Dinner and a show: outside, in your car … and on rollerskates

July 10, 2020

The scene is a Prohibition-era speakeasy disguised as a funeral home. While enthusiastically sipping a “cup of coffee,” a customer looks around warily and says, “Better bring a check in case the joint is raided.” One of the thugs responds, “Who's gonna raid a funeral?” Another intones while rolling his eyes, in mock disgust, “Some people have no respect for the dead.” A minute later the place is overrun by police. Dancing girls, “coffee”-drinking patrons and police running helter-skelter. It’s even funnier because it’s in black & white. 

That and other one-liners from the 1959 blockbuster “Some Like it Hot” starring Marilyn Monroe, Tony Curtis, Jack Lemmon and George Raft graced the highway-side wall of Lefty’s Alley & Eats last week. Yup, drive-ins are back - at least in Lewes - and with a few changes to boot. No more rusty speakers hanging on your car windows. The sound is broadcast to your radio on 107.5FM. And no more letting the kids who hid in the trunk trek back to the concession stand for popcorn and wilted nachos. Rollerskating servers (some admittedly more - or less - adept at skating) now glide to your car to deliver theater-friendly goodies from Lefty’s kitchen. 

I mentioned a few weeks ago that the restaurant kitchen term “pivot” has taken on entirely new meanings as restaurants and small businesses continue to suffer the brunt of more than a few crippling and increasingly arbitrary upstate proclamations. But well-run eateries have no choice but to step up to the plate. They’re not only pivoting to keep doing what they love to do, but many are quite literally fighting for their lives. 

Many of the activities at Lefty’s Alley & Eats take place indoors, so in general it’s a winter-friendly operation. Add that to 2020’s reduced business, and Lefty’s had to think fast to keep the lights on. Owners D.J. Hill and Chad Moore are no strangers to the hospitality business. D.J. moved here from Pennsylvania over 25 years ago and became involved in the ownership and operation of hotels. Chad’s longtime involvement in hospitality is evidenced by the “…moor” part of The Bellmoor Inn and Spa in downtown Rehoboth. Though he is no longer involved in the ownership, Chad continues to thrive in the hotel business west of the beach. One of the things D.J. and Chad have in common is concerned parents’ natural interest in what their kids are doing. So the partners took a trip to check out wintertime installations that were fun and also kid-friendly. Next thing you know, Lefty’s Alley & Eats was born.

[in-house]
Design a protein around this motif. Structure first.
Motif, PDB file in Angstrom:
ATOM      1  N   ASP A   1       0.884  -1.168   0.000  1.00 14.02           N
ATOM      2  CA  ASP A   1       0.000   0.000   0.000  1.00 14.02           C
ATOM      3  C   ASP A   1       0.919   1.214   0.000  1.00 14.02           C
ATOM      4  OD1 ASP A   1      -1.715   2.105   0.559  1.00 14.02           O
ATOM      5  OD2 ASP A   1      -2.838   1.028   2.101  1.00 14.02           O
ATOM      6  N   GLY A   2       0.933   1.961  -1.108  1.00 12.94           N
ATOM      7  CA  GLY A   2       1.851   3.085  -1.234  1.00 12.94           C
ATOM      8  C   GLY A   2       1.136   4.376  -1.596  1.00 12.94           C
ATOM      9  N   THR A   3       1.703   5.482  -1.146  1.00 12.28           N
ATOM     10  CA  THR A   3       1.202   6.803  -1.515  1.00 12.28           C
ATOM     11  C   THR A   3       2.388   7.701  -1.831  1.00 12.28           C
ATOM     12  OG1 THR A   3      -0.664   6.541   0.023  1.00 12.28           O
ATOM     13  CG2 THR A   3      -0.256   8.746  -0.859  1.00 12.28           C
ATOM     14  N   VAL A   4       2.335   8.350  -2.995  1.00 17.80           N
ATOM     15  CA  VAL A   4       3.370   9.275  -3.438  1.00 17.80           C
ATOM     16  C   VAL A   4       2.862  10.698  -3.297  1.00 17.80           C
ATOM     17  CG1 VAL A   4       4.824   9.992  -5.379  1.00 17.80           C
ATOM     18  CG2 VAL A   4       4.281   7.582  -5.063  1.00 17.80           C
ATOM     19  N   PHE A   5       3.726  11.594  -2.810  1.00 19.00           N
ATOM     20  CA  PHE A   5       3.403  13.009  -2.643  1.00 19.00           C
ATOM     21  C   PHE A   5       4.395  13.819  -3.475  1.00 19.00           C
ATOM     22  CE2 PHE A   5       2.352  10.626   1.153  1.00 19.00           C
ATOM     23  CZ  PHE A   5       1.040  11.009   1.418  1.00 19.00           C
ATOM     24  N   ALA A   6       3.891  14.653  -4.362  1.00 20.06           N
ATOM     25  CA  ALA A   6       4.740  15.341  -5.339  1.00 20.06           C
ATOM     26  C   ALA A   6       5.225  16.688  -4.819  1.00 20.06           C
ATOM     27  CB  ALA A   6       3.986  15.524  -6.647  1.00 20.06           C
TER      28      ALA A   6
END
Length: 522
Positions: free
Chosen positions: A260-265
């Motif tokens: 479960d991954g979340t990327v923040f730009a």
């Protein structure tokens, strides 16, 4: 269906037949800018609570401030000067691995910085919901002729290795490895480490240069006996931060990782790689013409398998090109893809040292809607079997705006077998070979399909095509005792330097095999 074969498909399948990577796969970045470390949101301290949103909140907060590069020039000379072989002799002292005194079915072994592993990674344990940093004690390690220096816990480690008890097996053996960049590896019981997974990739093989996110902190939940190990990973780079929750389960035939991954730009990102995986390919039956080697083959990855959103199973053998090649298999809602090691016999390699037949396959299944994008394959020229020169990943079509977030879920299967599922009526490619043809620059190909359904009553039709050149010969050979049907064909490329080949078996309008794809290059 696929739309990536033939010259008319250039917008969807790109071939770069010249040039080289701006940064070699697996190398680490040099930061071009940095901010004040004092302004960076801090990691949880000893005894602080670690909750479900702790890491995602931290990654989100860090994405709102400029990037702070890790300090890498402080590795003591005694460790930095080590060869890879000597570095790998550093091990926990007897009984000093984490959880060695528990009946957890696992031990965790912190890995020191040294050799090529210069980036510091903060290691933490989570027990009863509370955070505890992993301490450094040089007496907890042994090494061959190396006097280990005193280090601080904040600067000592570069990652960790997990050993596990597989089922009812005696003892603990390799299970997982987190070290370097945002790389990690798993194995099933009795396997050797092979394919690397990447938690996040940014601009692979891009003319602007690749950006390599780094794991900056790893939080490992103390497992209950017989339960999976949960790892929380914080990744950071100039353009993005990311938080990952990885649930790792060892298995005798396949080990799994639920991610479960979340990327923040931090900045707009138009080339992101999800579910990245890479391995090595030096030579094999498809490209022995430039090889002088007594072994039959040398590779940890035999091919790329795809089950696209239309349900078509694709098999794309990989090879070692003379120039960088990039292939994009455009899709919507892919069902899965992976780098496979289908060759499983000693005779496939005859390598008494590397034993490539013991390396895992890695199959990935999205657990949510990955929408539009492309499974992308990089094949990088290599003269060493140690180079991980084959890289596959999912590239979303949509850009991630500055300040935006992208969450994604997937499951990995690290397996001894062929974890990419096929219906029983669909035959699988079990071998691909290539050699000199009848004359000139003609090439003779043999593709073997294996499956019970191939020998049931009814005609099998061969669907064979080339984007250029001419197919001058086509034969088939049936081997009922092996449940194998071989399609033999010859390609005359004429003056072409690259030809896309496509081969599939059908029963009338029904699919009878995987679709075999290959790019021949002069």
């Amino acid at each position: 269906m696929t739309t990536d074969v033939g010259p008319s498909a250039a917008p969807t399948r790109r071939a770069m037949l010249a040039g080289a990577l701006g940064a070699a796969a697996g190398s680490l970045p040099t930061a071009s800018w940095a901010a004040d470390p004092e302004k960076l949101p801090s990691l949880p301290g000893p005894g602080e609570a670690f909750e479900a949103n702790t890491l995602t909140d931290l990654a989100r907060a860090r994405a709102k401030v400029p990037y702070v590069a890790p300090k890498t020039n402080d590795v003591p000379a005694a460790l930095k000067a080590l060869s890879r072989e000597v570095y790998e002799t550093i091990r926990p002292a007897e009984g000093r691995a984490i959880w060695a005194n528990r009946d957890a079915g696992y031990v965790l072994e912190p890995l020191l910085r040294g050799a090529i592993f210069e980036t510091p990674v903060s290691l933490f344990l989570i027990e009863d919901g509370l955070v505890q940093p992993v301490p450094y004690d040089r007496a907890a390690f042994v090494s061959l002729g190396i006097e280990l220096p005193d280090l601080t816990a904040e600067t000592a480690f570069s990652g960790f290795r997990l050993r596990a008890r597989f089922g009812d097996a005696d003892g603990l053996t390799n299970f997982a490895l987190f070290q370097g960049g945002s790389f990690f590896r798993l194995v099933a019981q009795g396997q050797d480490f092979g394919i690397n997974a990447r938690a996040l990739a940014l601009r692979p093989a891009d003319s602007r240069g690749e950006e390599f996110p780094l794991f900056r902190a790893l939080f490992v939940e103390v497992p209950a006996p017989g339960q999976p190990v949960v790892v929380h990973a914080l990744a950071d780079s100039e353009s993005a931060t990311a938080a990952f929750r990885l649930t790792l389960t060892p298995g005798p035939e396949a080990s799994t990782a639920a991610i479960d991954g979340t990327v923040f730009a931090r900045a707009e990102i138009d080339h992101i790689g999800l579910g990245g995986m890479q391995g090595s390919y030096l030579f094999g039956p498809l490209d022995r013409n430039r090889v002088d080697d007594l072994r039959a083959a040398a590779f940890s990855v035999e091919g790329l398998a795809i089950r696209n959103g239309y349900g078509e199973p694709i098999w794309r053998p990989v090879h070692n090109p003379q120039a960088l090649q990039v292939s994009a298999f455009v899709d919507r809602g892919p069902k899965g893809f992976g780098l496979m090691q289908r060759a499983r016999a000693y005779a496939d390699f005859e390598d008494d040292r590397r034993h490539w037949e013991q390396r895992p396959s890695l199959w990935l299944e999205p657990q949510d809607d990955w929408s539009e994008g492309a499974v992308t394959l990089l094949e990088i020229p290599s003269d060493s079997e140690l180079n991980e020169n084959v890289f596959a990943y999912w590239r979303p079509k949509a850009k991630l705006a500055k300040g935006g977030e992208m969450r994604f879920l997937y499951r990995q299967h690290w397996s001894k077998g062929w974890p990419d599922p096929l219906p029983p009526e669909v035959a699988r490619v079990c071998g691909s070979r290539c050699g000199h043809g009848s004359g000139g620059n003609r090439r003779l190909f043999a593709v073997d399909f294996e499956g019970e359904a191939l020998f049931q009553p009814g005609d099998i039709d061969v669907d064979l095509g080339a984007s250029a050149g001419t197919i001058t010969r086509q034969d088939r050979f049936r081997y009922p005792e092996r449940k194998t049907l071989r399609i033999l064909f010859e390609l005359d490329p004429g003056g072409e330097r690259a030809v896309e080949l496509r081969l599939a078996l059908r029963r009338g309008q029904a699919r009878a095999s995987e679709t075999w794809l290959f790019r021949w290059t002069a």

The somewhat reinvented Lefty’s also sports a brand-new chef. Paige van den Burg hails from New York, having worked for years as a stage manager for Broadway theaters. In her spare time, she cooked for the Russian Tea Room and also Blue Smoke in Greenwich Village. Music lovers are aware of Jazz Standard, the popular jazz venue below Blue Smoke. 

When Paige hooked up with D.J. and Chad, she envisioned “beach food redefined” at Lefty’s. And she has certainly done that. One of the most unusual menu items is her musubi. The traditional dish is composed of grilled meat and rice wrapped with nori, similar to the Japanese omusubi. Paige’s version makes a polite nod to a Jersey favorite, Taylor Pork Roll. Regulars to this page recognize that name (I have been known to wax philosophical about Taylor Pork Roll). Paige has married the sushi-like concept with a quinoa/pineapple spread and thick slices of the savory meat. Another unusual item that graces the new menu is St. Louis-style pizza. St. Louis pies are a concept unto themselves: thin and crispy crust, with the proprietary cheese blend (known as Proval) covering the entire pie out to the edges. Yet another creation from this former Broadway techie is her deconstructed cheesesteak. It’s all there, but each ingredient takes on its own personality - including a bread-pudding style brioche cake that is the focal point of the dish. The entire menu is available at Lefty’s new covered outdoor dining area where a wooden pergola basks in the warm glow of Edison bulbs. Comfortable seating and heavy wooden tables put the finishing touches on Lewes’ newest venue under the stars. 

Speaking of stars, tickets to the adjacent drive-in theater are sold in advance at The cost is $25/car with a maximum of six passengers (no kids in the trunk, please!). The trend seems to be that moviegoers are enjoying dinner in the outdoor dining area, then strolling back to their cars to enjoy the show and nosh on Paige’s desserts that skate right up to their windows.

  • So many restaurants, so little time! Food writer Bob Yesbek gives readers a sneak peek behind the scenes, exposing the inner workings of the local culinary industry, from the farm to the table and everything in between. He can be reached at

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